Day two started with the incomparable Casey Driessen at the cozy Douglas Corner Café. Now that's a great venue for hearing really good music. You talk during someone's set there, you'll be hushed by the hard core, knowledgeable music devotees surrounding you. And get your butt in that chair, now, 'cause the artists start on time. Ah! Perfect.

We're figuring that when Driessen was a young man he sought out and found the Devil. He said, "Mr. Devil, I'll give you my soul if you let me play this violin like no other living man." The Devil looked him up and down slowly -- didn't take long, as he's a little fella -- sucked on the smoking piece of straw in his mouth and said, "Son, you can keep your soul. You're gonna need it when you step out on that stage. But I'm gonna make that violin play you."

And indeed it does. That sassy violin grabs Driessen by the scruff of the neck and has him shaking on his toes. We swear it thinks it's the smartest thing in the room, and dares you to try to keep up with it. Ever hear an instrument do a call and response, making it look so damned easy conversational-wise with itself? Uh huh. Keep up with us, here. Any chance you get to see this man perform live- er, this violin play this man -- go, and give yourself one hell of a treat.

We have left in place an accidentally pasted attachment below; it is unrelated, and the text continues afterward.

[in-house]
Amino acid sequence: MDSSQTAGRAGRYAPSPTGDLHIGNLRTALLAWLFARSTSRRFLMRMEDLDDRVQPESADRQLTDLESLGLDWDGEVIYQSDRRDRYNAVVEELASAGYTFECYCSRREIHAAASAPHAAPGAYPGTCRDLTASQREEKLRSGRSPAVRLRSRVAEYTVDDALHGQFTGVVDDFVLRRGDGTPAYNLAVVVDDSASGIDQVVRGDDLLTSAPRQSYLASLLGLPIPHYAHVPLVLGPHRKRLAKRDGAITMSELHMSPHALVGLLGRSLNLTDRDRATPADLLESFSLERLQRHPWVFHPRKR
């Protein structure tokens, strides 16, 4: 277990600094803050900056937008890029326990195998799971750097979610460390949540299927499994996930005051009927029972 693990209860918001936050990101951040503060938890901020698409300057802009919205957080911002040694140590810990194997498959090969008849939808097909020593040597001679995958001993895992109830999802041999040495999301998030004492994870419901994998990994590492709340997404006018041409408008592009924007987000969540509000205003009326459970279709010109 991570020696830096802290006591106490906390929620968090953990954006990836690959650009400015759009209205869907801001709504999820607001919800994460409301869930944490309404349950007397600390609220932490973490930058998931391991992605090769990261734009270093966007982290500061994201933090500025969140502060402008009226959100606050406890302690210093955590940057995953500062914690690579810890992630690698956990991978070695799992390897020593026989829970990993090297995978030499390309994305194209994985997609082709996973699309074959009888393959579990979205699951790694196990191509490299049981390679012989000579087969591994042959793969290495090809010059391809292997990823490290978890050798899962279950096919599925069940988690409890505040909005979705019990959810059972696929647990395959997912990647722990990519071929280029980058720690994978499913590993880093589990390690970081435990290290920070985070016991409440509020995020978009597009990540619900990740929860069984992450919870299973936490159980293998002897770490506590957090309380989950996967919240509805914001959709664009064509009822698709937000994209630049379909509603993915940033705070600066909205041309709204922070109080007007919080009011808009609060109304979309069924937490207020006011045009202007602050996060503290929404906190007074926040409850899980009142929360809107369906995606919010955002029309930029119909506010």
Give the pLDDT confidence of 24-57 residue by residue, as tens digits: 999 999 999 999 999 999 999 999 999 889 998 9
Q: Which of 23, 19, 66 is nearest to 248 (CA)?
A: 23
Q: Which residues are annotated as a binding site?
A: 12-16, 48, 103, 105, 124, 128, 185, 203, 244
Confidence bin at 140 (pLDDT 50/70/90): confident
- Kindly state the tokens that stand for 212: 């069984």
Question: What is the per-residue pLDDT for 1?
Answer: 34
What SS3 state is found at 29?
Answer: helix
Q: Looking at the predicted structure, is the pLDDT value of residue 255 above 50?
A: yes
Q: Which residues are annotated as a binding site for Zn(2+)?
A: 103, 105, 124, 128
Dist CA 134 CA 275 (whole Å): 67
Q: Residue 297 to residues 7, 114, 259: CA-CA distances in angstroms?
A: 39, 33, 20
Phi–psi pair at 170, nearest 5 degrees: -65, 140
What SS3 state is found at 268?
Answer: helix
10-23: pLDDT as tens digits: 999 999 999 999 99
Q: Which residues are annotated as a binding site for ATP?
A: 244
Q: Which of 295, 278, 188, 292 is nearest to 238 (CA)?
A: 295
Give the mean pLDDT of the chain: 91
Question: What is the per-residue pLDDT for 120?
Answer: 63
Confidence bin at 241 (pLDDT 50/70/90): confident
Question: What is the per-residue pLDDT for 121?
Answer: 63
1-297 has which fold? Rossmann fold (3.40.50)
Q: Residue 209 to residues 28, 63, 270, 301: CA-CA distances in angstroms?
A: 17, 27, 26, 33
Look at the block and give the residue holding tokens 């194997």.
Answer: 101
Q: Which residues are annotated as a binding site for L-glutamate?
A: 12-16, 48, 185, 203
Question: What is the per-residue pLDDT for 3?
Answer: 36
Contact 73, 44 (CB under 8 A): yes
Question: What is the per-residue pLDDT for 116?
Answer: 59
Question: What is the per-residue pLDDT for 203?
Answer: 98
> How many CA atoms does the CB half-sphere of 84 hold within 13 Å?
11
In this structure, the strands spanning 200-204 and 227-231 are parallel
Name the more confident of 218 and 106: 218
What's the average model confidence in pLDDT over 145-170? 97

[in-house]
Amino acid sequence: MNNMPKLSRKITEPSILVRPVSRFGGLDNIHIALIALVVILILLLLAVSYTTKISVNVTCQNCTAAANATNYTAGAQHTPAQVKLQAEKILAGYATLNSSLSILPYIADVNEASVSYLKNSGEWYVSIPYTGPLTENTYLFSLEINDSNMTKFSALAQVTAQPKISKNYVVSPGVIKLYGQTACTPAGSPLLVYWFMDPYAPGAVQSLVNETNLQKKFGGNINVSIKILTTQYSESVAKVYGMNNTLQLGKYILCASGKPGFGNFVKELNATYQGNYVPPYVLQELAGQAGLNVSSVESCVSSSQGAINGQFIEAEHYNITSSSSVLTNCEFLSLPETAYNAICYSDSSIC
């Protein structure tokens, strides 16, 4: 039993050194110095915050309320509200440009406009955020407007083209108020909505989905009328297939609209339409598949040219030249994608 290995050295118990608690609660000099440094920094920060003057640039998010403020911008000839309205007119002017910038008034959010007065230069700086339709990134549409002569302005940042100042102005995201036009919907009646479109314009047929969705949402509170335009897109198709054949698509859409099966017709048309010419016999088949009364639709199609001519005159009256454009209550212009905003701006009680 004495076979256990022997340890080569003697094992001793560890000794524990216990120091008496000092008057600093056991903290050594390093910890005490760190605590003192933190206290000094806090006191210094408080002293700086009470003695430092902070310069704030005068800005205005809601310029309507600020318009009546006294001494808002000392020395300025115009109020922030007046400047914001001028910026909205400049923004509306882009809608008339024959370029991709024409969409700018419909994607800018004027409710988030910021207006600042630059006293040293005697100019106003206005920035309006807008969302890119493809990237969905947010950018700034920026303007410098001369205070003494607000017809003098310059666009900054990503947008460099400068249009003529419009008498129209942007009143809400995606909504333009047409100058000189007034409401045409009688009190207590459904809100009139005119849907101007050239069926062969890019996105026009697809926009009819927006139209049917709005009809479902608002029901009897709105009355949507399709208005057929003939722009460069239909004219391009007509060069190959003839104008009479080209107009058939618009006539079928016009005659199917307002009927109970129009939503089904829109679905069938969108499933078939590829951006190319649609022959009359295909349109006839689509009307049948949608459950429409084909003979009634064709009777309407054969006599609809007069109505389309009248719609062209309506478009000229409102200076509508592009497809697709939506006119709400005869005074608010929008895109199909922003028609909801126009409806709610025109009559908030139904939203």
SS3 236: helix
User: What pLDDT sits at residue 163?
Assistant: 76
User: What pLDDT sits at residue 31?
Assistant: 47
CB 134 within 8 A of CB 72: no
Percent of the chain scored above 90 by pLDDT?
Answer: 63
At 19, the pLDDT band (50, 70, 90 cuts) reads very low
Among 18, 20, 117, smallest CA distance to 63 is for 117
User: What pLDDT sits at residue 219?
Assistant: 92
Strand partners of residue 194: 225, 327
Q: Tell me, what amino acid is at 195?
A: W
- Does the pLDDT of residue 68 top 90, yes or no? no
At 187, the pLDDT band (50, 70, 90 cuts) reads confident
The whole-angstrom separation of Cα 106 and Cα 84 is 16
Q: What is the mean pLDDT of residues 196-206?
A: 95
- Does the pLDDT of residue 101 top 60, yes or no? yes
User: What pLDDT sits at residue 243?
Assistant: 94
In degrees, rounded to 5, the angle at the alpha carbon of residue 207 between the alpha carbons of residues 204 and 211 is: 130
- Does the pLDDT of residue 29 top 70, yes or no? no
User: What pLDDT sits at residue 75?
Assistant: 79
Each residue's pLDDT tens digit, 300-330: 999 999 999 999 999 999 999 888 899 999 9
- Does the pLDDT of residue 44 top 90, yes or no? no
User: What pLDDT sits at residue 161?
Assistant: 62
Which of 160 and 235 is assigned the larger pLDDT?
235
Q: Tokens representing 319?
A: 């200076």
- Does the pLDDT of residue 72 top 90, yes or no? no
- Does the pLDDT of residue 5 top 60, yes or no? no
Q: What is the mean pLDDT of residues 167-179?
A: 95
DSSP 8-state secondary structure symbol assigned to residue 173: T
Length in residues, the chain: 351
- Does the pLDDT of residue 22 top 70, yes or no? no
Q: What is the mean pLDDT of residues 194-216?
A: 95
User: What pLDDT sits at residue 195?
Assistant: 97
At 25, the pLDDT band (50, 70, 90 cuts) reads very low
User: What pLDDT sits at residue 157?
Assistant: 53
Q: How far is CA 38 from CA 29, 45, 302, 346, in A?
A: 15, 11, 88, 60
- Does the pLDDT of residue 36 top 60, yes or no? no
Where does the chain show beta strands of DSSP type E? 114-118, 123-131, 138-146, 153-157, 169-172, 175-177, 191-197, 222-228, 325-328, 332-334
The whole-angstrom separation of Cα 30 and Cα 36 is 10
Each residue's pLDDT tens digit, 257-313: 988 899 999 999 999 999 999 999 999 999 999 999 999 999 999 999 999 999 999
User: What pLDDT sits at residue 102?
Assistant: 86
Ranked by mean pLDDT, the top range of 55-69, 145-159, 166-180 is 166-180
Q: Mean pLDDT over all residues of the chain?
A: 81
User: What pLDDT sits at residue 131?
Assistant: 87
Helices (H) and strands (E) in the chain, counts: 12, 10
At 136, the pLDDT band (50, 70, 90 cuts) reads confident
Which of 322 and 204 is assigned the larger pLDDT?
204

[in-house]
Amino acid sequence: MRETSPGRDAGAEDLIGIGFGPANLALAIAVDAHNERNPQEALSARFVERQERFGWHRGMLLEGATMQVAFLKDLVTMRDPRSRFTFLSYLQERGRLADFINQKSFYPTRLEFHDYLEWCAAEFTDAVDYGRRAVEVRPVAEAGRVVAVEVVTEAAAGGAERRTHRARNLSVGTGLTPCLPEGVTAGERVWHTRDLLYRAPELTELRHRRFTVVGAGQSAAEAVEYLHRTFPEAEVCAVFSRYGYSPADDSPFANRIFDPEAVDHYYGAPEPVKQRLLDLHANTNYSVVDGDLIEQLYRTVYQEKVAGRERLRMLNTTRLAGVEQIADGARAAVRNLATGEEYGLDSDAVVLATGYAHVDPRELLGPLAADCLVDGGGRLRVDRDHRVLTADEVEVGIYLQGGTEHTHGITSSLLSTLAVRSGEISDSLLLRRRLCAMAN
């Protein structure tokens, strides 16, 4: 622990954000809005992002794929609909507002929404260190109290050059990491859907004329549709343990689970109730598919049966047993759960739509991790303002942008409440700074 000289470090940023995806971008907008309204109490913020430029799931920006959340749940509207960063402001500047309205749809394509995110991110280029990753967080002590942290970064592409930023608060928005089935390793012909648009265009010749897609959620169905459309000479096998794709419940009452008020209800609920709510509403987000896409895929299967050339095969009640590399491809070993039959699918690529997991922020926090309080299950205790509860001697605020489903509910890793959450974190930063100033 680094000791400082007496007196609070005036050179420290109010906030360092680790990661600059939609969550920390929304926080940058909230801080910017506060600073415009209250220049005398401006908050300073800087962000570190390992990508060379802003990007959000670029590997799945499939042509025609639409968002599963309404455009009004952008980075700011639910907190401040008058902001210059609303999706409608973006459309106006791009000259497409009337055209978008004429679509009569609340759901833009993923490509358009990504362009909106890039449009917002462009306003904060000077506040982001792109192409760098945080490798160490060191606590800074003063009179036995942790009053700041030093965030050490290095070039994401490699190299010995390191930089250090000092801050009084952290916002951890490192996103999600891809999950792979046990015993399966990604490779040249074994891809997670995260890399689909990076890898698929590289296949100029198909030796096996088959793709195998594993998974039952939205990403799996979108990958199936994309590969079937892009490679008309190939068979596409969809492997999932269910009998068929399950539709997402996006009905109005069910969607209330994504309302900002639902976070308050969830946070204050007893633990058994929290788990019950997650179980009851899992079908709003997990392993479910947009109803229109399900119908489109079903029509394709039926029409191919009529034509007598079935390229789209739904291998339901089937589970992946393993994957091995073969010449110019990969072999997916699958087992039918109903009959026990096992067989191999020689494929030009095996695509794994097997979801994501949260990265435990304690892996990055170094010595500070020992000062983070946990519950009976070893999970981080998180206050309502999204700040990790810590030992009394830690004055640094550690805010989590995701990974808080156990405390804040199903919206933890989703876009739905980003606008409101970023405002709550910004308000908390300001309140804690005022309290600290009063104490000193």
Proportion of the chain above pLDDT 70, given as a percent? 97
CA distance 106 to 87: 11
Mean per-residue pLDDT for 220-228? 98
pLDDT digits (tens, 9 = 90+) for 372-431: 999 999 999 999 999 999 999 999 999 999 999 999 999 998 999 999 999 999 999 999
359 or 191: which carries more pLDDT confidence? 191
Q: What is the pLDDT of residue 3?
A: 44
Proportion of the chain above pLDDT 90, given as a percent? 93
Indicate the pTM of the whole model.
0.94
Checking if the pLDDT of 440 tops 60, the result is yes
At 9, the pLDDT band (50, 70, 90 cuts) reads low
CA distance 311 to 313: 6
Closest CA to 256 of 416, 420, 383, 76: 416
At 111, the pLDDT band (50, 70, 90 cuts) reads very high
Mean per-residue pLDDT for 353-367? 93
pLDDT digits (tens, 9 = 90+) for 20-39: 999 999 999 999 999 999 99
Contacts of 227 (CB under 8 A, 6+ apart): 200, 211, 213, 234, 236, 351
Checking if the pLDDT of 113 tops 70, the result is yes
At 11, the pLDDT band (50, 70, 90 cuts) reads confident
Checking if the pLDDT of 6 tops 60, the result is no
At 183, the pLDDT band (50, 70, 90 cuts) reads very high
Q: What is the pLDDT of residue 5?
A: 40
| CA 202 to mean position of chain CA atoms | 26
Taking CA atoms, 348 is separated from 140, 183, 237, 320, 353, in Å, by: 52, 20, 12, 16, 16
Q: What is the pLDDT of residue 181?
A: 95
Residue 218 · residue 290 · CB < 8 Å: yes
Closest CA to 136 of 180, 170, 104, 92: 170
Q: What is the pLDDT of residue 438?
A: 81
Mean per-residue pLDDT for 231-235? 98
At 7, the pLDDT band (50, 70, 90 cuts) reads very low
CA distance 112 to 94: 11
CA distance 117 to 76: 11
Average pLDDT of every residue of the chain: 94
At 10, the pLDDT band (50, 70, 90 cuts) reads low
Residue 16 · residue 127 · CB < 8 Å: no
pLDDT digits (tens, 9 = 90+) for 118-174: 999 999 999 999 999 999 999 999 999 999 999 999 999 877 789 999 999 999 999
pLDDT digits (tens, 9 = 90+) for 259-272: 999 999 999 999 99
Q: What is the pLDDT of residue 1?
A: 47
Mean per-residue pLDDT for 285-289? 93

Some head shaking appreciation of Driessen over a cocktail at the quiet, elegant bar at Maggiano's, and then we made our way to the Ryman, again, for the Americana Awards show.

Thank you, Americana Music Festival, for those second row, center seats, where we were in good company with many notables. Joan Baez, on hand to receive the "Spirit of Americana" Free Speech Award, sat behind us and Robert Plant, Alison Krauss and Mike Farris were just to our left. No complaints about acoustics this night. We could hear the sweat flying.

Courtesy of the AMA

Ryan Bingham's voice sounds like a truck tire on a gravel road, complete with rocks flying up and hitting the fender -- it's a good country sound.

Courtesy of the AMA

When Steve Earle walked out we thought it might be the ghost of Allen Ginsberg, such is his middle-aged resemblance. Mr. Earle, please leave New York. It's softened your sound and taken the edge off the anger that makes us wanna listen.

(You can see the awards results listed below.)

All the while there was Buddy Miller, sweet and modest, playing with the band. You'll see this talented man everywhere, in the band, with nary a notice 'til he steps up the mic and makes you smile so broadly.

Jason & The Scorchers - Courtesy of the AMA

So, too, Joe Ely (a personal favorite) gives his all, every time we see him, every venue -- from a room full of the reverent to singing over the fools blathering in the back, too damned ignorant to know what they're missing. The man is pure, raw talent, and he makes you zero in on his songs and listen close, the rest of the world be damned.

Earlier in the day, on our way to Jack's Bar-B-Que, we think we saw a construction crew on the roof of the Ryman, applying reinforcements in anticipation of Mike Farris (another personal favorite) and his kickass band. One song, "Oh Mary Don't You Weep" had the crowd testing the integrity of the Ryman's construction. We swear that building was jumping. Wonder if they taped the stained glass windows, lest they shatter.